Q: That’s a lot of information I’d never heard before.
A: If I were to talk about the homeless people, these were people who were completely blown away out of their stores and houses. Hamburg, for instance, was very close to the town where I grew up, and that was the German Hiroshima. That was so horribly destroyed that thousands of people died and suffocated. So homeless people were among the people I really talk about. Also, refugees came in. Our house was very close to the Iron Curtain, and that meant that people were coming in, enormous numbers of refugees. … Then there were the people who were released from camps. There were camps all over Germany. They weren’t all concentration camps, but they were labor camps or camps for foreigners, all kinds of camps. … And then there were the returning widows, who had no idea where to go because they had no families and did not know if their town still lived.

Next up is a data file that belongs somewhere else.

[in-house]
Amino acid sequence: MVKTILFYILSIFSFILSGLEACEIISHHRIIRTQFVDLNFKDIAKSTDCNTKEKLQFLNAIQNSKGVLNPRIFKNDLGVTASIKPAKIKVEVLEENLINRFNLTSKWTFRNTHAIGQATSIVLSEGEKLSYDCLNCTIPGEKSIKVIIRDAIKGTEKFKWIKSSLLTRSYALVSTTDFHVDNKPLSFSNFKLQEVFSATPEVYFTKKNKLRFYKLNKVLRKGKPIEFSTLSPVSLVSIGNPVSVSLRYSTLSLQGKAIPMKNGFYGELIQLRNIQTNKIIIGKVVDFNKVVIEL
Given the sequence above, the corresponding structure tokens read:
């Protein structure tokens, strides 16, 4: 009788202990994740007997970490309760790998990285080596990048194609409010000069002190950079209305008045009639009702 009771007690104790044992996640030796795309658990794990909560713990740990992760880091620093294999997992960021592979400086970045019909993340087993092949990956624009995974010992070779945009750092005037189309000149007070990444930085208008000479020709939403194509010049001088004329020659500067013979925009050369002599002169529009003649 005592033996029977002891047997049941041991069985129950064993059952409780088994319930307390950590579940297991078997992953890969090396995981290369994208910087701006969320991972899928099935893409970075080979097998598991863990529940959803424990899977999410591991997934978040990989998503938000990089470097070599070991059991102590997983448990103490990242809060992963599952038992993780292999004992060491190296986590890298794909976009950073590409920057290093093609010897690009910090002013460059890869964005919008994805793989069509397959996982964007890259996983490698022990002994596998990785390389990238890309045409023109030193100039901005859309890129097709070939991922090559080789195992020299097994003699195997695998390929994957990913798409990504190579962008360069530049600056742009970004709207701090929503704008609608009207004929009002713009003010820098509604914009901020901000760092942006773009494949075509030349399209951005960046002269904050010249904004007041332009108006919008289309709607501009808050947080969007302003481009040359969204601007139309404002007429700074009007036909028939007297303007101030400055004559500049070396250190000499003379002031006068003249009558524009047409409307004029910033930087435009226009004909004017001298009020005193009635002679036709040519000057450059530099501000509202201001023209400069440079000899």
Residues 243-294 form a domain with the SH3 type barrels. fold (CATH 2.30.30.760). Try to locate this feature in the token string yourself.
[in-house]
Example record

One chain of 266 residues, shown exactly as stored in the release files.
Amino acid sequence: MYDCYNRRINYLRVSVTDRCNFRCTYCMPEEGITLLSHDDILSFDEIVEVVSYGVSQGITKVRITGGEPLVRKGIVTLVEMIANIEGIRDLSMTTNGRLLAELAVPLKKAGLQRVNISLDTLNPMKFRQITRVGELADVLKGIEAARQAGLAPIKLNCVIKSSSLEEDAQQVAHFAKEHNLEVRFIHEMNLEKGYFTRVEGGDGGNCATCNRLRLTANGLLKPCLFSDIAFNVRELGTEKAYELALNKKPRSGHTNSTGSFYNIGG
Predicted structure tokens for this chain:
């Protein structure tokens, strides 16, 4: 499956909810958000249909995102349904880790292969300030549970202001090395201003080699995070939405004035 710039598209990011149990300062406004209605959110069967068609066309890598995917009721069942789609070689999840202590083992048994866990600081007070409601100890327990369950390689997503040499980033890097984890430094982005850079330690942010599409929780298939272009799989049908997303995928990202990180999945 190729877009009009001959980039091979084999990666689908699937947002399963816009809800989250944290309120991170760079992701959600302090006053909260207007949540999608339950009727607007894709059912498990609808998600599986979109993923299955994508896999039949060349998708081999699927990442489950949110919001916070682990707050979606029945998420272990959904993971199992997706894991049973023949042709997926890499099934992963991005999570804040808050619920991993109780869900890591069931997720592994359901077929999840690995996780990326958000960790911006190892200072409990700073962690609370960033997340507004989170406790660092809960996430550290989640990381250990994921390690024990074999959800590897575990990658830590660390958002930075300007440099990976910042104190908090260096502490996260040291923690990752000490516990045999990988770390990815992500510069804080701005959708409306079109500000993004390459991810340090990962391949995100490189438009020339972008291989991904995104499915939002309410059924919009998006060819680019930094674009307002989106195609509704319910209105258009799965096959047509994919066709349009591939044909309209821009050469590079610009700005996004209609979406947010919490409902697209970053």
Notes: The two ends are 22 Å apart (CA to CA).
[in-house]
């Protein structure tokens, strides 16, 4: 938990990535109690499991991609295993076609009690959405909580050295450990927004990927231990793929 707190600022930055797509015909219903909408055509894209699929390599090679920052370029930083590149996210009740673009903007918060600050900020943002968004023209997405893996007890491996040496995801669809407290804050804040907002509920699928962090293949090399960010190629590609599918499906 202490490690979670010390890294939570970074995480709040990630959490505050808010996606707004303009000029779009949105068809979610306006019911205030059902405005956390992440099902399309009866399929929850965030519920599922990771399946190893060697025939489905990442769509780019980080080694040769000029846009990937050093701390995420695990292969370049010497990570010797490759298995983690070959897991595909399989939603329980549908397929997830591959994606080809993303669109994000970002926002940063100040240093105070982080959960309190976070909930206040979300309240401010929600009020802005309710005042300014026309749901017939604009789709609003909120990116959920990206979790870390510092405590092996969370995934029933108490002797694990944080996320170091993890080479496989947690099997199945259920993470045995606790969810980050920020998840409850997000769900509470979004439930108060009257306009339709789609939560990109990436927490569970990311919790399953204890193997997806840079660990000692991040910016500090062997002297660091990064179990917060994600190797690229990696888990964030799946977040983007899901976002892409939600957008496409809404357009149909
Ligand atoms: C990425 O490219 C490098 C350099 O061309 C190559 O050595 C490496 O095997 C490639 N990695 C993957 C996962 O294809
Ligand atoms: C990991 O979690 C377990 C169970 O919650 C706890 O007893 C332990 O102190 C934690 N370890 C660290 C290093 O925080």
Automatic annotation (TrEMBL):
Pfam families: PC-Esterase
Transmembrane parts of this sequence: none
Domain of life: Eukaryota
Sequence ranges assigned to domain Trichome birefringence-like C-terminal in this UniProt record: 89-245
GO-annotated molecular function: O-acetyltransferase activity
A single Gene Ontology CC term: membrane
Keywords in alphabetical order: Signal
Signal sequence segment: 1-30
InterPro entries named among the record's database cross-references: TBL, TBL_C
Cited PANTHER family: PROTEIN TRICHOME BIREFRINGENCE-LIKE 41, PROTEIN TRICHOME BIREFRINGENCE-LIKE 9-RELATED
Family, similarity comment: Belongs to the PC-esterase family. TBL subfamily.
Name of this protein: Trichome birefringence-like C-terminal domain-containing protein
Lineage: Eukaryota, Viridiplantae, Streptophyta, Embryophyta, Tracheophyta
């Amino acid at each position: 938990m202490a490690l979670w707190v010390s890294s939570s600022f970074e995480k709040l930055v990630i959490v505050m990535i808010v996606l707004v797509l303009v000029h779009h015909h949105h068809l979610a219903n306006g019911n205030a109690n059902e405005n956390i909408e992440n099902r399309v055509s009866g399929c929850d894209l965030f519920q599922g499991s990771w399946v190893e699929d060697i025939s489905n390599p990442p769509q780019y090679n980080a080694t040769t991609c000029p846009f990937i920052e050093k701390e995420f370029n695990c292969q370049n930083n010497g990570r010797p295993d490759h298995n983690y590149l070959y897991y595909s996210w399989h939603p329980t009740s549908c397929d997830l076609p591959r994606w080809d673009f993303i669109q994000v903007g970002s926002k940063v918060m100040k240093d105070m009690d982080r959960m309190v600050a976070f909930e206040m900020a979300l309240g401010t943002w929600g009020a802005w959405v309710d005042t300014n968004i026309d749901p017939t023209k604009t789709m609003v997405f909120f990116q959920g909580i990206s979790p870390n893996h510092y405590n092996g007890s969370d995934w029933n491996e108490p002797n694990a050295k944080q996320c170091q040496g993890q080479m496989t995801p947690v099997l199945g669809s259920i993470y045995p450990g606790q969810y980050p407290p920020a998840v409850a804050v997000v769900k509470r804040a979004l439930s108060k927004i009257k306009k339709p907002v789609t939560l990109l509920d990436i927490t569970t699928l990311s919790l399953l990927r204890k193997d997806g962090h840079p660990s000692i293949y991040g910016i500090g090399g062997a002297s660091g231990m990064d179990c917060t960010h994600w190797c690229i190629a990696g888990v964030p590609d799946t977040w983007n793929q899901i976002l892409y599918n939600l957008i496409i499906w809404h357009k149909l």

Q: How long did it take you to write this?
A: I had written about this house about four years ago, and then I let it go completely. I didn’t even touch it anymore. I took it up again last fall, and between the fall and last Christmas, it was completed. So it was relatively fast. I didn’t start with that house after the war. I started with it before. I was born in Berlin. I had two older brothers, older by seven and nine years. They had to become members of the Hitler Youth. That was mandatory. And then later members of Hitler’s army of teenagers. I write about that and bombing nights and about losing the apartment in Berlin and things of that nature.